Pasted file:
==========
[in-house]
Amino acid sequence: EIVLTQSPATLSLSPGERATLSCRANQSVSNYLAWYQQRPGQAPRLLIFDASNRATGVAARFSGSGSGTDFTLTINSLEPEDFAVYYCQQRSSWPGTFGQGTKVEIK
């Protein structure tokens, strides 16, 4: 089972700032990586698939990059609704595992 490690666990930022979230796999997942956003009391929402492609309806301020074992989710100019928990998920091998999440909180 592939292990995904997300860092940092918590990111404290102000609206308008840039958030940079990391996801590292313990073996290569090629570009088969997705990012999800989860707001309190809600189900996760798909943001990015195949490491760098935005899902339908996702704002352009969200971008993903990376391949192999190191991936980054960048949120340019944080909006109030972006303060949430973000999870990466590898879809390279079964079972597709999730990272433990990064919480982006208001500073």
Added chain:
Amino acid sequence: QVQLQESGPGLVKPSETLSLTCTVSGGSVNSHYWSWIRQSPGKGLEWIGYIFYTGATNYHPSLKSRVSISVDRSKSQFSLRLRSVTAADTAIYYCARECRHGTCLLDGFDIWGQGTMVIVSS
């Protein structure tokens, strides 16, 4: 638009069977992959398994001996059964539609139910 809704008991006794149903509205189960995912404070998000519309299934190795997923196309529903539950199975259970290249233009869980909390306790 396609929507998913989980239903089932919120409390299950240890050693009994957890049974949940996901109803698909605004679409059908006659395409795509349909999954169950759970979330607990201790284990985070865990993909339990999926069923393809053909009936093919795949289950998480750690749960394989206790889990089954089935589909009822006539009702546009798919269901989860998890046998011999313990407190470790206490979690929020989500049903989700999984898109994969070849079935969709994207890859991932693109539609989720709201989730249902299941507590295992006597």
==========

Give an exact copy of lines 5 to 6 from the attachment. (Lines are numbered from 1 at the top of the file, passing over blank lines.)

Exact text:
Amino acid sequence: QVQLQESGPGLVKPSETLSLTCTVSGGSVNSHYWSWIRQSPGKGLEWIGYIFYTGATNYHPSLKSRVSISVDRSKSQFSLRLRSVTAADTAIYYCARECRHGTCLLDGFDIWGQGTMVIVSS
């Protein structure tokens, strides 16, 4: 638009069977992959398994001996059964539609139910 809704008991006794149903509205189960995912404070998000519309299934190795997923196309529903539950199975259970290249233009869980909390306790 396609929507998913989980239903089932919120409390299950240890050693009994957890049974949940996901109803698909605004679409059908006659395409795509349909999954169950759970979330607990201790284990985070865990993909339990999926069923393809053909009936093919795949289950998480750690749960394989206790889990089954089935589909009822006539009702546009798919269901989860998890046998011999313990407190470790206490979690929020989500049903989700999984898109994969070849079935969709994207890859991932693109539609989720709201989730249902299941507590295992006597």